Imagine counting out how many times you came into contact with paper in the last week? From to-go cups, to tissues, to packaging and newspapers, chances are it wouldn't take long to lose track.
Which stands to reason, paper is such a useful material that over 400 million tons are produced around the world each year. Our goal is to minimize paper's impact on the planet, that's why we use recycled paper as much as possible, make fresh paper from responsibly sourced wood and design products that use less raw materials without losing any of their practicality. Products like the TJENA, FJÄLLA and KVARNVIK storage boxes.
"Sustainability is part of a common goal that we put into all our products," says Jakub Brat, one of the developers of TJENA, FJÄLLA and KVARNVIK. "The fewer raw materials we use to make a product without taking away it's functionality or quality, means we can reduce each products environmental impact and lower its price too." It's this goal of using less raw materials and better use of recycled paper that's shaped the development of the TJENA, FJÄLLA and KVARNVIK storage boxes. "Our idea for these boxes was to design storage for magazines, stationery — things around the home," Jakub explains. "So once we had determined practical sizes and how strong they had to be, we looked at the best way to construct them."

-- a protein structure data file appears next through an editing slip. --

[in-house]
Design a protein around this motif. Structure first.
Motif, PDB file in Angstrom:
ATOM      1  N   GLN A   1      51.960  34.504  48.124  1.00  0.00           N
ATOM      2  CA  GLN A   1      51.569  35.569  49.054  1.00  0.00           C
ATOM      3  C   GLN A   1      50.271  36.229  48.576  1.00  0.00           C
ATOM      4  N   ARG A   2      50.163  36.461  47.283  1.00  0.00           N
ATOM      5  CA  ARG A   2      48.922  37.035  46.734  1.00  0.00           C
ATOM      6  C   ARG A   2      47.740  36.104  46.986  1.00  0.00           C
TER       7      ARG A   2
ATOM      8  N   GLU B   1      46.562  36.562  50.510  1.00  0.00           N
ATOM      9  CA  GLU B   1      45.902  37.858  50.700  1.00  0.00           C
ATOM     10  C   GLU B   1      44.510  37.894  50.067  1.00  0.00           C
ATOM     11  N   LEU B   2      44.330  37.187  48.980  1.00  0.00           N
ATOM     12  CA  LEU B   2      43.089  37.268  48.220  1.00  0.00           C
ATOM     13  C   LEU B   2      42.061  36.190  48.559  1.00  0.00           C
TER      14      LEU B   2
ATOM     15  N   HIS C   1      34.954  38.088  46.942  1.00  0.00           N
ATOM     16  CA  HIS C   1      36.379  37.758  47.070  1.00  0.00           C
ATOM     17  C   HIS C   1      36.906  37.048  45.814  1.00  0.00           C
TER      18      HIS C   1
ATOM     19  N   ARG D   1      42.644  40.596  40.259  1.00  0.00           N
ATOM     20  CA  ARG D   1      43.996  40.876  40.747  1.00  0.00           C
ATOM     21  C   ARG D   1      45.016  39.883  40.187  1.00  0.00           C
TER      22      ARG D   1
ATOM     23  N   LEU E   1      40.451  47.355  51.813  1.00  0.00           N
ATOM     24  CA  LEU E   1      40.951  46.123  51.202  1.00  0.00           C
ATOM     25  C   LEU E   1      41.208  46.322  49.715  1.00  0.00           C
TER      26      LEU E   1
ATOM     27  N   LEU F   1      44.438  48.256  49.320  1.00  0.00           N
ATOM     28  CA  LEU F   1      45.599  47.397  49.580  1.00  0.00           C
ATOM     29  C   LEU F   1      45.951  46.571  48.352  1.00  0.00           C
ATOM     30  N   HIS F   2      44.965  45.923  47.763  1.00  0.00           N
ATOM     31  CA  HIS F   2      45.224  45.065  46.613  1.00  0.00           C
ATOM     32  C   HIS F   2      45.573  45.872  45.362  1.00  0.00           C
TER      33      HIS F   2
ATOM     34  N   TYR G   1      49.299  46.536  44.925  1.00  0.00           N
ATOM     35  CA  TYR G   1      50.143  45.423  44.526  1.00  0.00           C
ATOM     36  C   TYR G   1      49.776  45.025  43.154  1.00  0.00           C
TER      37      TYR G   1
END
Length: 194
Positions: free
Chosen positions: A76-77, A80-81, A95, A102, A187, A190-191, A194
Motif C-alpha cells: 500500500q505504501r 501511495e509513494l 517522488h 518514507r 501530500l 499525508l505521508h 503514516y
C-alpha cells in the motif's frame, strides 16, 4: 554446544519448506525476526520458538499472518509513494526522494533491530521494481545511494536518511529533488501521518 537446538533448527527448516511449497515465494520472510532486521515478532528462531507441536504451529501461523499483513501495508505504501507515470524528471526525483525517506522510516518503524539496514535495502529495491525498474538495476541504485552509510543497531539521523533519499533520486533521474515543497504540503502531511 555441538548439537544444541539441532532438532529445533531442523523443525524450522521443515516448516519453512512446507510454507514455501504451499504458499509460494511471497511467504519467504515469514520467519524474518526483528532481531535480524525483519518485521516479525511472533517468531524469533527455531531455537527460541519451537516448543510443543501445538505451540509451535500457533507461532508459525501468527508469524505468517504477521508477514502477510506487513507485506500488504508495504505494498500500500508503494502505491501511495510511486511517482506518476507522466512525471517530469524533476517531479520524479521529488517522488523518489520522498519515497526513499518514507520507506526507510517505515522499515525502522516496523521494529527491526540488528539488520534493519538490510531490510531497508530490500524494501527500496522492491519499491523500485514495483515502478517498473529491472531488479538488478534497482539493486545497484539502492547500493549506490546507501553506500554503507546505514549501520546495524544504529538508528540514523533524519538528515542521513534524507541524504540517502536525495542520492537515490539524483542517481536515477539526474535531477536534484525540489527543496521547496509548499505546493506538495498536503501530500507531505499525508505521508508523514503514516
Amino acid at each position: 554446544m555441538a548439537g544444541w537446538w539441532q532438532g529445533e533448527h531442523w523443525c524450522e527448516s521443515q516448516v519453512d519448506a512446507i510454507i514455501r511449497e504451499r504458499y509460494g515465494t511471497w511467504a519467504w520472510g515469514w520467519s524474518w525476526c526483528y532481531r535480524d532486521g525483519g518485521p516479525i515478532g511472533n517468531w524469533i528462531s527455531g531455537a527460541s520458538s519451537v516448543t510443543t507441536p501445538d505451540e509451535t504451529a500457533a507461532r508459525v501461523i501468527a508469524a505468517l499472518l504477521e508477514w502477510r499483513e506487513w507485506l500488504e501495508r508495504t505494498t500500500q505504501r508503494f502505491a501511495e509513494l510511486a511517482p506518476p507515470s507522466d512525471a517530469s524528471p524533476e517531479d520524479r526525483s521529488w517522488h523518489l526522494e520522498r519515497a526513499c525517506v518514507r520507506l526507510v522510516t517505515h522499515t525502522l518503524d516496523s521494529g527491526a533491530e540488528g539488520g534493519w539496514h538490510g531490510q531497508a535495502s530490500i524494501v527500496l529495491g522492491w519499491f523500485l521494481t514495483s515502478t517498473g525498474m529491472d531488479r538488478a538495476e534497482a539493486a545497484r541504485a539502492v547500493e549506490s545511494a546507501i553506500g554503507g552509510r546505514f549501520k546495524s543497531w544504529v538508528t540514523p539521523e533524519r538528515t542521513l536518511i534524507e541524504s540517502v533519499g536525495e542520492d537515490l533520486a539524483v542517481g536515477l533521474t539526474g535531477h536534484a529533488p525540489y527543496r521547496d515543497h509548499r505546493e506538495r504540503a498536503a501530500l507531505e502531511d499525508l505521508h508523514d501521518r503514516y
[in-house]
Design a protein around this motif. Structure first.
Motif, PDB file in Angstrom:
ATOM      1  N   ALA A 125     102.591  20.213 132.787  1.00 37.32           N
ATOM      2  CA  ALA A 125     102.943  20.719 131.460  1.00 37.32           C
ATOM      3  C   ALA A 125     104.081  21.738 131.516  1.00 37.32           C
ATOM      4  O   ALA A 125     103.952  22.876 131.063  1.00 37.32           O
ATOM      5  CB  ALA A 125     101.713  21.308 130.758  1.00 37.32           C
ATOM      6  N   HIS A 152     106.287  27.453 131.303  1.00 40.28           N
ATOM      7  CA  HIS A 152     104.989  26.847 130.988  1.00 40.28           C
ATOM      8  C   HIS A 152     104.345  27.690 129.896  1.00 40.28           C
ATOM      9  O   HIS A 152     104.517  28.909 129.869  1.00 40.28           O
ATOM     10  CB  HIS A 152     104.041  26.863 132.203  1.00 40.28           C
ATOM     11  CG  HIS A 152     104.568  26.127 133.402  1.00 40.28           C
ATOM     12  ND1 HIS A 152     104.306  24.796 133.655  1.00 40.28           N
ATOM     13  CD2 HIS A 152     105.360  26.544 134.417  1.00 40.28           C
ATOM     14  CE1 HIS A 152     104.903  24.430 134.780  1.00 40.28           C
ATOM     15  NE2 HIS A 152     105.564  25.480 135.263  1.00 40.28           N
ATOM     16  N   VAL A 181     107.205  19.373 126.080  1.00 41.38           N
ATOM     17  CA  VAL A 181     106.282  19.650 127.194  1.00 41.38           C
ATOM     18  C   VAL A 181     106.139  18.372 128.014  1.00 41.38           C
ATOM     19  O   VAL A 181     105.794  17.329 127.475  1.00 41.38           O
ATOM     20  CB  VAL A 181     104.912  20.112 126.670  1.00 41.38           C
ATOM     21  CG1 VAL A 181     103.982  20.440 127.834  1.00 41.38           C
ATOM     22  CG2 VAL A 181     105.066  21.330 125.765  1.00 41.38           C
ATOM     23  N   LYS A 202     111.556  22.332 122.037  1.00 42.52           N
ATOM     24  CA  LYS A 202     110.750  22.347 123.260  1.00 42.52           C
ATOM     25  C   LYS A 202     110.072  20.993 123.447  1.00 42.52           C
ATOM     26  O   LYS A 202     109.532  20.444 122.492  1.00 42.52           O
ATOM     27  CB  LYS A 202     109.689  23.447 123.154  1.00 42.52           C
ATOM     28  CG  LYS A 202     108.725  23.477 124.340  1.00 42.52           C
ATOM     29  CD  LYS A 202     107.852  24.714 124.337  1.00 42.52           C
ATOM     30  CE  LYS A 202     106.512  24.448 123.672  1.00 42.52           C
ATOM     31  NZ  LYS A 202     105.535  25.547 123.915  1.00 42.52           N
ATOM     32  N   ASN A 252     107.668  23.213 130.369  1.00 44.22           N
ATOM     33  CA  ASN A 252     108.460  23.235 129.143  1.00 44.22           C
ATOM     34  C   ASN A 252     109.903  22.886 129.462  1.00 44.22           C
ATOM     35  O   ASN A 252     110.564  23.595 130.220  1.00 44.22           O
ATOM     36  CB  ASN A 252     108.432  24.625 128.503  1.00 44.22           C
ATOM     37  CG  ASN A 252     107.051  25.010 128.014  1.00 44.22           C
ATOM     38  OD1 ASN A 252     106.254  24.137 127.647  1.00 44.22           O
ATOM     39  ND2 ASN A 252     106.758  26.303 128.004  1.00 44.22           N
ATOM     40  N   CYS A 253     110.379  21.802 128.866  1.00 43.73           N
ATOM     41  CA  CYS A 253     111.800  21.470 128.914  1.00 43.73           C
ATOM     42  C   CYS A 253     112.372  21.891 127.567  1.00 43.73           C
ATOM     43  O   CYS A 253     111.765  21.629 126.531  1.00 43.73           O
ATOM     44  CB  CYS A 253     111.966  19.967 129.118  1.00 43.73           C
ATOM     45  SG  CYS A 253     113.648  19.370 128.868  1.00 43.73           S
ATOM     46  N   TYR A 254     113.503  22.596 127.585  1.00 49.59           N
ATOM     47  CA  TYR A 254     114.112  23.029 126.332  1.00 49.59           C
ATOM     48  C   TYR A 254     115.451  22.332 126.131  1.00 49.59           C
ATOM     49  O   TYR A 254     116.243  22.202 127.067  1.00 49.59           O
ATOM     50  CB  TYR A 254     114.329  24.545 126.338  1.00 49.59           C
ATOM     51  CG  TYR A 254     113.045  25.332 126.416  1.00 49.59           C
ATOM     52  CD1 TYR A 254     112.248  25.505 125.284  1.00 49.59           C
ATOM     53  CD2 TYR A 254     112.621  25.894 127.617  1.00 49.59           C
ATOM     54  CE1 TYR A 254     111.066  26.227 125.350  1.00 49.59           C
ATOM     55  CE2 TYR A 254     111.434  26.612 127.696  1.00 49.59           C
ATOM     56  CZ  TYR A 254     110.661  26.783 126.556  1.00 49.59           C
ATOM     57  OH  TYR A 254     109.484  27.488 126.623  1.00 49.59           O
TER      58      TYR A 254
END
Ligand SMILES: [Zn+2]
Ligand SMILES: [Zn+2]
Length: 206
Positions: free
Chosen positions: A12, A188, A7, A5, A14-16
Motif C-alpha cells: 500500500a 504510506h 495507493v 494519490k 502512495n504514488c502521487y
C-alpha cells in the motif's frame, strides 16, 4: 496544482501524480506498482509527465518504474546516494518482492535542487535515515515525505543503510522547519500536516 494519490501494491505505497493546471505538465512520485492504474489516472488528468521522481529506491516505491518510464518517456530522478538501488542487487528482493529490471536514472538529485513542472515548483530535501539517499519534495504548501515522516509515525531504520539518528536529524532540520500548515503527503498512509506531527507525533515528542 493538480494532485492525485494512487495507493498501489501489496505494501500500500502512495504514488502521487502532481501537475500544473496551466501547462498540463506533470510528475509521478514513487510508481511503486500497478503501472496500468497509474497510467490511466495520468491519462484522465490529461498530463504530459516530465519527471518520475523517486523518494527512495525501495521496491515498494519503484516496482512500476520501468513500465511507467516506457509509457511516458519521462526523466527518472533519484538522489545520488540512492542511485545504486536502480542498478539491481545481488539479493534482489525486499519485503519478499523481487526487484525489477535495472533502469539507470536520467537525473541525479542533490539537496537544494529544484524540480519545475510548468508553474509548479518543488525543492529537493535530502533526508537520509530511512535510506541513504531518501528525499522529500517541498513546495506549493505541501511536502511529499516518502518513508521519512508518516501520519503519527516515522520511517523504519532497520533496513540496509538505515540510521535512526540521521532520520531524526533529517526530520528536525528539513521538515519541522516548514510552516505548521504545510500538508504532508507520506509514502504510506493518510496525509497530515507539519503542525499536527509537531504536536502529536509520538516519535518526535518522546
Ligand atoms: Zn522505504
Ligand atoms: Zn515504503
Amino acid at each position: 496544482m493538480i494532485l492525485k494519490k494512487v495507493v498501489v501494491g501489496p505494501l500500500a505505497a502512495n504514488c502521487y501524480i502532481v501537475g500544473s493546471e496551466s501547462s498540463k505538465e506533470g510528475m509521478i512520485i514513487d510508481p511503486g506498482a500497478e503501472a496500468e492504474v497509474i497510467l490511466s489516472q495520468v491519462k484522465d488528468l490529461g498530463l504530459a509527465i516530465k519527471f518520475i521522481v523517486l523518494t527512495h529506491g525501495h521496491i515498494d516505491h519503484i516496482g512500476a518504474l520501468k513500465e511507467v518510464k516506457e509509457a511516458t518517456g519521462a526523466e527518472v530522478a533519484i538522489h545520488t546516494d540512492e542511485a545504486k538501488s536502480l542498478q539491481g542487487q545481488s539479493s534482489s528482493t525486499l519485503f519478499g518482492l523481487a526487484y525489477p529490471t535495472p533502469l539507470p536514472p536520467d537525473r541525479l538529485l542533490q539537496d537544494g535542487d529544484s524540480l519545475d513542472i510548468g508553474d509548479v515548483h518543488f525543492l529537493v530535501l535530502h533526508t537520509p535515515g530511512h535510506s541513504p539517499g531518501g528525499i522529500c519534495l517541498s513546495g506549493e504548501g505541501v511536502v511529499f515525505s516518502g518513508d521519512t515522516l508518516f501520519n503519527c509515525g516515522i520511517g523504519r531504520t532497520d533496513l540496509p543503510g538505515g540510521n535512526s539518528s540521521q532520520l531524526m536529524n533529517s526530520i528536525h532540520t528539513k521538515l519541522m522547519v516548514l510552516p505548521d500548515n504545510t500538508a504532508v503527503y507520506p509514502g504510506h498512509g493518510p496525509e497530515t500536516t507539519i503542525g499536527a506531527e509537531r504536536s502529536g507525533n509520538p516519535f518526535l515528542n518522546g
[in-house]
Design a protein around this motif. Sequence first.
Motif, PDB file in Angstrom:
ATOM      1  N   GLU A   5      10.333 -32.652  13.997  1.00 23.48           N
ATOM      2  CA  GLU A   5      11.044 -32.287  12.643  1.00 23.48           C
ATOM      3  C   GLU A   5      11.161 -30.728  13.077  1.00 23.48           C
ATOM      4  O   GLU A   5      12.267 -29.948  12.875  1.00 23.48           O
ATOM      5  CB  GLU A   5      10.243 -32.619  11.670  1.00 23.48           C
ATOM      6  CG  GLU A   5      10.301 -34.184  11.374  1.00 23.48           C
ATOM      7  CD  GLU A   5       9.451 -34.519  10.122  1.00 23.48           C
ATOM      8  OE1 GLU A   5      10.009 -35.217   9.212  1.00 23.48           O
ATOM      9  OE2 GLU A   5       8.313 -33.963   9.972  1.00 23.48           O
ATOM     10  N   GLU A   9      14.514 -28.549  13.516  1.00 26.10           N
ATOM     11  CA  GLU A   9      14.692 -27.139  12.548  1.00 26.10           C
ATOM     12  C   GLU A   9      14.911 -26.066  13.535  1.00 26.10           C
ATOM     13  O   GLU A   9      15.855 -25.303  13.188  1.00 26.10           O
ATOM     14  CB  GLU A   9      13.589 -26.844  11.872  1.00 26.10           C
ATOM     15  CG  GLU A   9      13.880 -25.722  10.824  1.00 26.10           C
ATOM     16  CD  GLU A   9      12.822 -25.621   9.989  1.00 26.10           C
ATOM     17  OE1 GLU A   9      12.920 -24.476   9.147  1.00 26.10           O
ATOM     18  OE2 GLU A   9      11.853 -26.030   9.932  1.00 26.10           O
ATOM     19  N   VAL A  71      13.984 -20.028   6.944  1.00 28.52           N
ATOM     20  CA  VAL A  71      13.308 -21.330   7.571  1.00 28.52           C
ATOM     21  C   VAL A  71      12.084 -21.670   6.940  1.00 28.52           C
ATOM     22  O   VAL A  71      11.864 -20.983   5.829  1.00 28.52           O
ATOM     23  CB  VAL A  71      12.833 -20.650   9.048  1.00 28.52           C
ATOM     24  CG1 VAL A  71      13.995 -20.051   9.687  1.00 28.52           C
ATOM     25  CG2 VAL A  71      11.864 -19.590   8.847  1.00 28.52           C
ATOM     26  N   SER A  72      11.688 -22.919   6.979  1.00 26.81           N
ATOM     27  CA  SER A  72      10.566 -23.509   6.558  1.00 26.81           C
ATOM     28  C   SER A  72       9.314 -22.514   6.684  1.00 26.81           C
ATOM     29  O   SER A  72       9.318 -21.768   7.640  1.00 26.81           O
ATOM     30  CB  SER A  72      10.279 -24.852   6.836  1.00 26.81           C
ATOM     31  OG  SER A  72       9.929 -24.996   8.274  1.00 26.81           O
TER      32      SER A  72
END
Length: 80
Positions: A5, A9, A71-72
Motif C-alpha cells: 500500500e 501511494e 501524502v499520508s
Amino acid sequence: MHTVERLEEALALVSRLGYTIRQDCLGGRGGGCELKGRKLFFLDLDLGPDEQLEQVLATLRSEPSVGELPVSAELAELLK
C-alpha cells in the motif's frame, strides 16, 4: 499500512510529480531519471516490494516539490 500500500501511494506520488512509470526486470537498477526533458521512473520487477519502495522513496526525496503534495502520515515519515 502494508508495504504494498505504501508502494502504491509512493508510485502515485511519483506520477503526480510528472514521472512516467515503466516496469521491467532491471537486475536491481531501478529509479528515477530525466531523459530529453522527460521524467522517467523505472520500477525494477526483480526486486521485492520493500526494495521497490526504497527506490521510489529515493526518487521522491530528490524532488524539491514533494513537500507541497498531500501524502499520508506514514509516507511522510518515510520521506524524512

Paper is amazingly versatile in that, after its life as a newspaper or cereal box, it can be washed down into a pulp and reused as something else. As part of the recycling process some of the paper is washed away so fresh paper needs to be added. This fresh paper (also known as virgin paper) uses wood pulp that comes from forests following our strict requirements to ensure that the wood is grown and harvested responsibly. "The boxes are made of at least 80% recycled paper and up to 20% virgin paper," Jakub says. "The reason we add virgin paper is because it has fresh fibers which are stronger and give needed strength to recycled parts.” By making the boxes with a recyled paper core and a virgin paper surface, we can use as much recycled paper as possible, while still securing a strong storage box. Along with the strength boost, it also lets us print patterns and colors in a nice way too.
Along with material, the other way we looked to make the boxes more sustainable was the design itself. "TJENA and FJÄLLA are actually replacements for previous box storage we made called KASSETT," Jakub says. "Which though popular, was a little fussy to put together with screws to hold the parts in place." Taking away the screws, an envelope style construction was developed, which has the double advantage of being 100% recyclable as well as easier to put together. We're looking to continue developing ways to use paper in the most responsible way, from ensuring our paper comes from more sustainable sources, to reusing paper waste to make something new. Even after you've had years of practical service from these boxes, they can be recycled into something useful again.